How to get the stink out of your workout clothes | TapGenes
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Ooooh that smell

Can’t you smell that smell

Ooooh that smell

The smell of death that surrounds you

Is there any better way to describe a post-gym pile of laundry than these Lynyrd Skynyrd lyrics? Singing That Smell would be a far cry more fun than dealing with the chore, but alas, it’s got to be done. Or people will start avoiding you.

You know what we’re talking about — that funky stank that grows in your workout clothes. You can’t miss it, and neither can anyone inside a ten-foot radius of you and the offending apparel.

It’s not all your fault though. Belgian research last year found that the type of material in your workout clothes is more a culprit than, say, your laundry habits or particular brand of body odor.

“Freshly secreted sweat has little odor, because the long-chain fatty acids the axillaries secrete are too big to be volatile,” says the study’s first author, Chris Callewaert of Ghent University in Belgium. He further explained that the main culprit is a bacteria called micrococci, which “are able to grow better on polyester” than cotton. His research continues to learn why this is exactly.

He’s not the only one blaming the funk on the makeup of your duds. Renowned dry cleaner Eduardo Herrara of Slate NYC (they do Bergdorf Goodman laundry!) told Men’s Fitness that the typical fibers in workout clothes, like Spandex and Lycra, are made to repel water (as well as detergent, skin oil and fabric softener). So those bacteria that Callewaert describe actually stick to (and inside) the clothing fibers.

“In order to wash these garments properly, water has to penetrate the clothing fibers,” he stated.

1. Pre-treat the stink. Herrara’s recipe for de-stinking workout clothes involves a homemade pre-treat solution. He dilutes one ounce of laundry detergent in a half gallon of warm water, and then adds the juice of an entire lemon. (The citric acid breaks up the oils.) Then he uses this solution to scrub the armpits, neckline, and other prominently odiferous zones on the shirts, pants, socks, etc.

2. Wash with white vinegar. Mark Pinhasovich relies on “plain ‘ole white vinegar.” He knows a little about sweaty laundry, as the at-home winner of Biggest Loser Season 10. He says the vinegar will kill the bacteria that causes the odors. However, he does caution that the trade-off is the vinegar smell. “I use the second rinse option on the washer to avoid this.”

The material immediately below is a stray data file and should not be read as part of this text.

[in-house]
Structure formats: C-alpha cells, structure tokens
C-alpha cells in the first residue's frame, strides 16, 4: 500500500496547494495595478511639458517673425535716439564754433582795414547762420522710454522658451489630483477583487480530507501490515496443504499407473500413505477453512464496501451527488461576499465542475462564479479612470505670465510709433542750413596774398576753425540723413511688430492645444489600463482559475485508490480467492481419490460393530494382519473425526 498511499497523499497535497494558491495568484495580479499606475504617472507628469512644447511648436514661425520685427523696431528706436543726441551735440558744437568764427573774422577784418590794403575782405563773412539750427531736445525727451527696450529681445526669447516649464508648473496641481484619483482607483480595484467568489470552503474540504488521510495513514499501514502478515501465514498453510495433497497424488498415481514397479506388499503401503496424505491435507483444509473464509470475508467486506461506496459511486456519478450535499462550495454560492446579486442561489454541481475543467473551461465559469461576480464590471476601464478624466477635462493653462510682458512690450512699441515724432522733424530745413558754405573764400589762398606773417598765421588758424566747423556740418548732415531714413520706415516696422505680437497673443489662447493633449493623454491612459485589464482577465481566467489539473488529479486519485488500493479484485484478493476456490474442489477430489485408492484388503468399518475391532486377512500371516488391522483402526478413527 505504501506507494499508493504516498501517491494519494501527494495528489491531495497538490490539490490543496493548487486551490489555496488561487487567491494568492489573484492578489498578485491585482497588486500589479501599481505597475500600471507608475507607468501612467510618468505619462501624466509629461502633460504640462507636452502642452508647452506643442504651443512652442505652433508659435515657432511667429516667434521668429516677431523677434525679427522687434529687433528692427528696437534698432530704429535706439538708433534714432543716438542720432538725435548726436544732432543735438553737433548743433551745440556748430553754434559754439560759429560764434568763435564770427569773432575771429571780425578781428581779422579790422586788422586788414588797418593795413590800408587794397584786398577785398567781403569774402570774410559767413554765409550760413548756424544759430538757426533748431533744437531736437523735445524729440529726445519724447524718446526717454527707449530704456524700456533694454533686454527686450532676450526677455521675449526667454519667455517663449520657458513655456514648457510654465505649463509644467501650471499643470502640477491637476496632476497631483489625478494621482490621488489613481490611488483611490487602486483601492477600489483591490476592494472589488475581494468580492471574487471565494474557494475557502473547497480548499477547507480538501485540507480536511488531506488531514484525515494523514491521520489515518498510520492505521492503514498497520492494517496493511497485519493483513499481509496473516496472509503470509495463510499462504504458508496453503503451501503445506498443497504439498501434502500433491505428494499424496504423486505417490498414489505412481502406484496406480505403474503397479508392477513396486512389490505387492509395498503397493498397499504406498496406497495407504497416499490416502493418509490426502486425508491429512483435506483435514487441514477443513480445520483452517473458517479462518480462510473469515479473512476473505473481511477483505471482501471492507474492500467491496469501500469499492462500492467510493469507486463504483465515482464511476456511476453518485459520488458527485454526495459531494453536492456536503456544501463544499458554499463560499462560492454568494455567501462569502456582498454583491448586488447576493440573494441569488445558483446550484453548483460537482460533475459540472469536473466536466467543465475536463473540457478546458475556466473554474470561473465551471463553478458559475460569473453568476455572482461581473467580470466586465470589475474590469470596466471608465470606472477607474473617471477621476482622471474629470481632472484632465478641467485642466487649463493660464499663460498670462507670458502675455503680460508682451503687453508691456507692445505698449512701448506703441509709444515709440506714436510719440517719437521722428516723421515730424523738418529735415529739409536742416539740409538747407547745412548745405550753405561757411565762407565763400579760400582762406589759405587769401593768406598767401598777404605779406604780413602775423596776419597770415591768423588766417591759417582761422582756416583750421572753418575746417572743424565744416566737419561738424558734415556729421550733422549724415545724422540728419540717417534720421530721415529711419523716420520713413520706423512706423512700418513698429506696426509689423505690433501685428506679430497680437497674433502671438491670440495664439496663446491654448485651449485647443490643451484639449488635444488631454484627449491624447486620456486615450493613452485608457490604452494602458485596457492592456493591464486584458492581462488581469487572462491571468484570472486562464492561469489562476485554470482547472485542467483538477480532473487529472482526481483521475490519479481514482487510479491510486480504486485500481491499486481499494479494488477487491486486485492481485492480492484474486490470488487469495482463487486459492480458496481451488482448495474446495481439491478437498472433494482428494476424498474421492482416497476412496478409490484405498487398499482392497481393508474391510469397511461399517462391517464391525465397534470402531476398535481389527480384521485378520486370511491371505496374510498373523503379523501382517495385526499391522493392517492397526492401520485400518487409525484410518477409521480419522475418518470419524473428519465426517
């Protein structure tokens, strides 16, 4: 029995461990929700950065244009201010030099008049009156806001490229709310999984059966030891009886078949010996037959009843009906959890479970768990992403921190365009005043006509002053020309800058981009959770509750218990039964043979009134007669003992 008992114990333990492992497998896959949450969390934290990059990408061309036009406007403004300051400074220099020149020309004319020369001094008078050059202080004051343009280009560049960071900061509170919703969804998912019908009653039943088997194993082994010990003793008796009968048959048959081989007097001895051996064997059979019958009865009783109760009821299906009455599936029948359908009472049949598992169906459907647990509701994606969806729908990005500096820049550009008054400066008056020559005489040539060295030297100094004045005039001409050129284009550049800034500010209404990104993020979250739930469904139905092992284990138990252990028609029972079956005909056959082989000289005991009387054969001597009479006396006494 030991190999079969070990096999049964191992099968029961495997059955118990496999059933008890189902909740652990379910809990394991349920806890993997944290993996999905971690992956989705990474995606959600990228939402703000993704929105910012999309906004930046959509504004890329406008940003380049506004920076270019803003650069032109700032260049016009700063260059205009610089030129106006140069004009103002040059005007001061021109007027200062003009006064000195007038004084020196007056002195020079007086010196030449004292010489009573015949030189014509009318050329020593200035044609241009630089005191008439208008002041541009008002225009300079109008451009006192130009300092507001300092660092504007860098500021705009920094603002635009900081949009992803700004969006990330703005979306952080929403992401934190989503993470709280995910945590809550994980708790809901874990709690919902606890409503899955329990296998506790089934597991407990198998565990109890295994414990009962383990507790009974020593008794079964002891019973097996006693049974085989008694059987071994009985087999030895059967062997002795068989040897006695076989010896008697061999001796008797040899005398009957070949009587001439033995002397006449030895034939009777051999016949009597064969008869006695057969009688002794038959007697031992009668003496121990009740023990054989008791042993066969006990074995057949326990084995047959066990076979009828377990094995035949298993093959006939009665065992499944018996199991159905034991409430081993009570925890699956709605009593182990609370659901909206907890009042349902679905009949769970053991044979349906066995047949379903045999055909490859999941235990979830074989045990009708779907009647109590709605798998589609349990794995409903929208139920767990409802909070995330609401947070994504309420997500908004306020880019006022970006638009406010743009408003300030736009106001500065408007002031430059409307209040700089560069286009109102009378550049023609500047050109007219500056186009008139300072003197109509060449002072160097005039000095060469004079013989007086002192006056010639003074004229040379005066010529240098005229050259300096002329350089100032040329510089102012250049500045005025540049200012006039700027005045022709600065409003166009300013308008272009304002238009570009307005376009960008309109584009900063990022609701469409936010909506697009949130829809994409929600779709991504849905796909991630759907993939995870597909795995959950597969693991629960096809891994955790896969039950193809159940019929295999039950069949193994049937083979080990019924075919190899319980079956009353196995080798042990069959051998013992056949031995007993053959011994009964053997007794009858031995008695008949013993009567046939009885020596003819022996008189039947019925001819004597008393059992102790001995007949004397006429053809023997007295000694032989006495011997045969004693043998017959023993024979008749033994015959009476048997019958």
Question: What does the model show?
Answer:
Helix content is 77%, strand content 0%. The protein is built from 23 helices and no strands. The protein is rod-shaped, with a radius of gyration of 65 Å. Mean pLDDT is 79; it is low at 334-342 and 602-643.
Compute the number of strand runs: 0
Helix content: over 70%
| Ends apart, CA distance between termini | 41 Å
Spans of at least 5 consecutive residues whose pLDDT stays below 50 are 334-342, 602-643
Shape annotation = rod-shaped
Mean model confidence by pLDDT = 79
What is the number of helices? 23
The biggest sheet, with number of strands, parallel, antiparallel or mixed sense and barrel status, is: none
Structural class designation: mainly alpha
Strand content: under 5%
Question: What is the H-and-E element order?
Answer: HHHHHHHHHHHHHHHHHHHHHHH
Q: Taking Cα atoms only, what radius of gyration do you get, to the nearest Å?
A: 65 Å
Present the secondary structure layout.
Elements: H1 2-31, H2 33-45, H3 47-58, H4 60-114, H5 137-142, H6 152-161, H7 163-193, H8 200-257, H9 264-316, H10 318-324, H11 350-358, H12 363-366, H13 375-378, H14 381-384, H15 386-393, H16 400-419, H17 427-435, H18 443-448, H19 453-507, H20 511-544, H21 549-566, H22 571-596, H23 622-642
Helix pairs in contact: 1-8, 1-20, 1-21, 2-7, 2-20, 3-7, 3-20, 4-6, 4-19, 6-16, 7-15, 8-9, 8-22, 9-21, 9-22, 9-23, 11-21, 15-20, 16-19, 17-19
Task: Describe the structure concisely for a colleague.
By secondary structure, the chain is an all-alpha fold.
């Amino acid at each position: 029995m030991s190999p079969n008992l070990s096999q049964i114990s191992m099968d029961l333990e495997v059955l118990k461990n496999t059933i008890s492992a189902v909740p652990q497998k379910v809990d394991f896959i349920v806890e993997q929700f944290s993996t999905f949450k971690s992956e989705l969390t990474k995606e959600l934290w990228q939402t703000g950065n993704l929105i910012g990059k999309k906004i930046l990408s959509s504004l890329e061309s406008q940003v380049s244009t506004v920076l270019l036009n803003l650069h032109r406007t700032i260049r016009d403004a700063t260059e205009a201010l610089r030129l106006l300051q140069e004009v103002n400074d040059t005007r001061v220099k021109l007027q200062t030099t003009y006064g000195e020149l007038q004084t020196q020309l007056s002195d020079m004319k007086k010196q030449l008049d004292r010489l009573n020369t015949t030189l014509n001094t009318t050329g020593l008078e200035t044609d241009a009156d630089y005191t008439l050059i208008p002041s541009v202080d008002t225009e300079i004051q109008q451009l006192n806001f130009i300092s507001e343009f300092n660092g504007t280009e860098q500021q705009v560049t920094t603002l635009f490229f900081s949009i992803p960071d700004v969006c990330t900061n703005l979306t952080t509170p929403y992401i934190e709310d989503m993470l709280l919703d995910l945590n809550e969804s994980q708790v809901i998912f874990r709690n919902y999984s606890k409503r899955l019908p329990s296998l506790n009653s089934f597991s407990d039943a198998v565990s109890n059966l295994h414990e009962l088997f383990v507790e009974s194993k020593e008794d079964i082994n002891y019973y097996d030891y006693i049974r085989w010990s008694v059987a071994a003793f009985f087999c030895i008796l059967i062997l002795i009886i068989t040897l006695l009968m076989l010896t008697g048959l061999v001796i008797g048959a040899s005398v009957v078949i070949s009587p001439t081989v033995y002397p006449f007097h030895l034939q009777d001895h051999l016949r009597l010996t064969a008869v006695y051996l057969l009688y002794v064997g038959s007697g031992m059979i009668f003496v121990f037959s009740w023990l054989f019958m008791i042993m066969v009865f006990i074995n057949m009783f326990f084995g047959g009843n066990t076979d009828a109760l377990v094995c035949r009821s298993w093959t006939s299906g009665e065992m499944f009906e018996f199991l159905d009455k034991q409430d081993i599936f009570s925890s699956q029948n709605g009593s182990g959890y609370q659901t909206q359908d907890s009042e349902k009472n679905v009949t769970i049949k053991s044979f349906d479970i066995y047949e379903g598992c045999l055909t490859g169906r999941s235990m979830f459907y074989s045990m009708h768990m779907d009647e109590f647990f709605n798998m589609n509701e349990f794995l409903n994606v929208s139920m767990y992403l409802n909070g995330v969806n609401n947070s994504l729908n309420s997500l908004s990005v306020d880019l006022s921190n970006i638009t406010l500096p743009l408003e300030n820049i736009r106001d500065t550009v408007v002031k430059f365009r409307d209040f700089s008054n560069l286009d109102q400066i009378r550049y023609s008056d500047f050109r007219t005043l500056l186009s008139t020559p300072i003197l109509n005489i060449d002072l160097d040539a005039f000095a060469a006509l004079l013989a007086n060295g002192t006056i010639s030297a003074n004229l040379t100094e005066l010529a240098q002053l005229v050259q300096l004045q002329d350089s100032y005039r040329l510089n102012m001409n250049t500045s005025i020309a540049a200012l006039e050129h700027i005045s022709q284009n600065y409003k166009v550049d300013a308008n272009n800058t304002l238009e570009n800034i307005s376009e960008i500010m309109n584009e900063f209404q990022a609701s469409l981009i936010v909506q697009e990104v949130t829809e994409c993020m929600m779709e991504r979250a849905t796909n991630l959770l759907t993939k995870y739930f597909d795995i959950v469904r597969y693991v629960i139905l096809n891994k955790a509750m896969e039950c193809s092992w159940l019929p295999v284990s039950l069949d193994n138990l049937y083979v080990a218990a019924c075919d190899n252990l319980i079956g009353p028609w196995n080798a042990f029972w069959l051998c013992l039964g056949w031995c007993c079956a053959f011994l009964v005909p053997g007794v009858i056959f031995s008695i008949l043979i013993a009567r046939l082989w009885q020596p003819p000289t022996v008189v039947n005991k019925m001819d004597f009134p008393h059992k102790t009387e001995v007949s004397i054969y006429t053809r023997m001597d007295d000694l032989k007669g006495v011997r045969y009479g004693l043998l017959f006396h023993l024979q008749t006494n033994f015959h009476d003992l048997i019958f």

Dempsey Marks, a fitness trainer, yoga instructor, and founder of, also recommended this approach, saying, “the best ratio is one part vinegar, four parts water for a 10-15 minute soak. Do this prior to washing your clothes to help prevent stains.”

3. Dry out with dryer sheets. Kelly Turneran ACE certified personal trainer and fitness journalist, staves off the stink at the source by keeping dryer sheets in her gym bag. “I let some float around in the main compartment and then tuck a few in my shoes to soak up moisture and get rid of the stink,” she says. She finds that dryer sheets work just as well and are much cheaper than the specialty products made to do the same thing.

4. Pass on pit stains. There’s nothing mellow about yellow armpit stains. Jennipher Walters, CEO of and co-author of The FBG Anti-Diet, “swears by” Deo-Go to keep stains out of her favorite workout clothes.

5. Make them smell good. Margo Donohue, certified fitness instructor and creator of Brooklyn Fit Chick, just wants to smell nice! She “swears by!” these Downy Unstopable Crystals. She recognizes that some people like to avoid fragrances, but calls herself “a total sucker for them.” Donohue raves about the sweet smell these give her workout attire and how “this stuff gets the STINK out!”

6. Just do your laundry. It’s pretty simple for Alan Ali, a wellness blogger who hits the gym daily as he trains for his first triathlon. He washes his workout clothes regularly in standard detergent. “I don’t want to waste my money on clothes I am planning to lose weight out of,” he explained. So Ali keeps a few key pieces on hand… and keeps them clean!

“The sooner you wash your workout clothes after your sweat-sesh, the better chance that you have of getting the stink out,” explained Marks. “If you can’t do your laundry immediately [like Ali does], try not to leave your workout clothes in a big, sweaty pile (in your gym bag or even in your laundry room!). Instead, hang them up to dry and air out.”

7. Get a green clean. “For clothes that stink, I’m a big fan of Molly’s All Sport Laundry Wash,” raved Walters. She says the cleaner is made for technical fabrics, isn’t too expensive ($13 for 32 loads), and is good for the environment. Plus, it actually works with the benefit of no harsh chemicals.

8. Use pantry basics. “You can also add a bit of baking soda or lemon juice to your washer to disinfect and kill odors. Just be sure not to use bleach if you’re utilizing this tactic,” recommended Marks.

9. Heat ’em up. Drying your clothes on the hottest setting that your workout clothes’ laundering instructions allow will also help kill the stink-causing bacteria, suggests Marks.

10. Buy new duds! “If all of this fails to remove the stench, it might be time to invest in some new workout gear!” said Marks.

TapGenes Take Away: Your workout clothes stink, but it’s not entirely your sweat’s fault! Wash regularly and follow a few gym rat tips to keep your clothes clean.

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